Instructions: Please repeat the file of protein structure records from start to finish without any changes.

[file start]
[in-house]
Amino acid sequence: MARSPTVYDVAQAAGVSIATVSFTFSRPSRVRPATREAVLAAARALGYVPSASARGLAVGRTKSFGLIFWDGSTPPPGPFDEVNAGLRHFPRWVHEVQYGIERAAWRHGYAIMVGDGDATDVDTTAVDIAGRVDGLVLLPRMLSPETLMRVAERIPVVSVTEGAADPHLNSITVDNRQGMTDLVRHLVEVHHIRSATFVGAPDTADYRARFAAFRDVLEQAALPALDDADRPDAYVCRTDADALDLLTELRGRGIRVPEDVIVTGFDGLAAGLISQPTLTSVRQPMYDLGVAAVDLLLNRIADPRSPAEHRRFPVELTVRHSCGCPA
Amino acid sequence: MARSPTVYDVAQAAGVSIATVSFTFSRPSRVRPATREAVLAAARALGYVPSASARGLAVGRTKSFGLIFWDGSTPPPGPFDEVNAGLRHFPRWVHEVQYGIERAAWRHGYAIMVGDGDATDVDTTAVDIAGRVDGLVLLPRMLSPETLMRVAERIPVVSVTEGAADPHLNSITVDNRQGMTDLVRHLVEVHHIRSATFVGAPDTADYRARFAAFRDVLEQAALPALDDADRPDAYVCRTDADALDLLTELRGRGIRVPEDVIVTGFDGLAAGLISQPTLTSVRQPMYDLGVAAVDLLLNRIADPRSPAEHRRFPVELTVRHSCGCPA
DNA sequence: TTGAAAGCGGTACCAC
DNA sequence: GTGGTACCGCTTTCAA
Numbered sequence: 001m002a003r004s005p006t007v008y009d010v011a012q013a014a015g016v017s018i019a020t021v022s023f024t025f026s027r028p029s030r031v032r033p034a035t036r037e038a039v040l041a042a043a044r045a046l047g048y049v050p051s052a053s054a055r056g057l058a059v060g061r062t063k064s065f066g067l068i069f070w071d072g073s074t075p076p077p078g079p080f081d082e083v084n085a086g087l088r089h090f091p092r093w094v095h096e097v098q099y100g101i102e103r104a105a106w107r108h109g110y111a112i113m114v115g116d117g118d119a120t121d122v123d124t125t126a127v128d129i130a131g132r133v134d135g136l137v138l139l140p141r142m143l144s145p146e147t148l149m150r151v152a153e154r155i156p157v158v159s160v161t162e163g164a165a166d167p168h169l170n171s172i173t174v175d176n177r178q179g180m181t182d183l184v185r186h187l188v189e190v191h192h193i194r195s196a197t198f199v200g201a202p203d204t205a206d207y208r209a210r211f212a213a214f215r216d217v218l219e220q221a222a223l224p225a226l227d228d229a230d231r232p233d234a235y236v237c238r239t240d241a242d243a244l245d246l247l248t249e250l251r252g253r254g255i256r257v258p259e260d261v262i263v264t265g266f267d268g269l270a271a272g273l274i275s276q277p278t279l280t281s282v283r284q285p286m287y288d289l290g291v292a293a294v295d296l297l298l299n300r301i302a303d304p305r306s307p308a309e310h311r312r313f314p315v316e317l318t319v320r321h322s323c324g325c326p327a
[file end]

[in-house]
Amino acid sequence: MARSPTVYDVAQAAGVSIATVSFTFSRPSRVRPATREAVLAAARALGYVPSASARGLAVGRTKSFGLIFWDGSTPPPGPFDEVNAGLRHFPRWVHEVQYGIERAAWRHGYAIMVGDGDATDVDTTAVDIAGRVDGLVLLPRMLSPETLMRVAERIPVVSVTEGAADPHLNSITVDNRQGMTDLVRHLVEVHHIRSATFVGAPDTADYRARFAAFRDVLEQAALPALDDADRPDAYVCRTDADALDLLTELRGRGIRVPEDVIVTGFDGLAAGLISQPTLTSVRQPMYDLGVAAVDLLLNRIADPRSPAEHRRFPVELTVRHSCGCPA
Amino acid sequence: MARSPTVYDVAQAAGVSIATVSFTFSRPSRVRPATREAVLAAARALGYVPSASARGLAVGRTKSFGLIFWDGSTPPPGPFDEVNAGLRHFPRWVHEVQYGIERAAWRHGYAIMVGDGDATDVDTTAVDIAGRVDGLVLLPRMLSPETLMRVAERIPVVSVTEGAADPHLNSITVDNRQGMTDLVRHLVEVHHIRSATFVGAPDTADYRARFAAFRDVLEQAALPALDDADRPDAYVCRTDADALDLLTELRGRGIRVPEDVIVTGFDGLAAGLISQPTLTSVRQPMYDLGVAAVDLLLNRIADPRSPAEHRRFPVELTVRHSCGCPA
DNA sequence: TTGAAAGCGGTACCAC
DNA sequence: GTGGTACCGCTTTCAA
Numbered sequence: 001m002a003r004s005p006t007v008y009d010v011a012q013a014a015g016v017s018i019a020t021v022s023f024t025f026s027r028p029s030r031v032r033p034a035t036r037e038a039v040l041a042a043a044r045a046l047g048y049v050p051s052a053s054a055r056g057l058a059v060g061r062t063k064s065f066g067l068i069f070w071d072g073s074t075p076p077p078g079p080f081d082e083v084n085a086g087l088r089h090f091p092r093w094v095h096e097v098q099y100g101i102e103r104a105a106w107r108h109g110y111a112i113m114v115g116d117g118d119a120t121d122v123d124t125t126a127v128d129i130a131g132r133v134d135g136l137v138l139l140p141r142m143l144s145p146e147t148l149m150r151v152a153e154r155i156p157v158v159s160v161t162e163g164a165a166d167p168h169l170n171s172i173t174v175d176n177r178q179g180m181t182d183l184v185r186h187l188v189e190v191h192h193i194r195s196a197t198f199v200g201a202p203d204t205a206d207y208r209a210r211f212a213a214f215r216d217v218l219e220q221a222a223l224p225a226l227d228d229a230d231r232p233d234a235y236v237c238r239t240d241a242d243a244l245d246l247l248t249e250l251r252g253r254g255i256r257v258p259e260d261v262i263v264t265g266f267d268g269l270a271a272g273l274i275s276q277p278t279l280t281s282v283r284q285p286m287y288d289l290g291v292a293a294v295d296l297l298l299n300r301i302a303d304p305r306s307p308a309e310h311r312r313f314p315v316e317l318t319v320r321h322s323c324g325c326p327a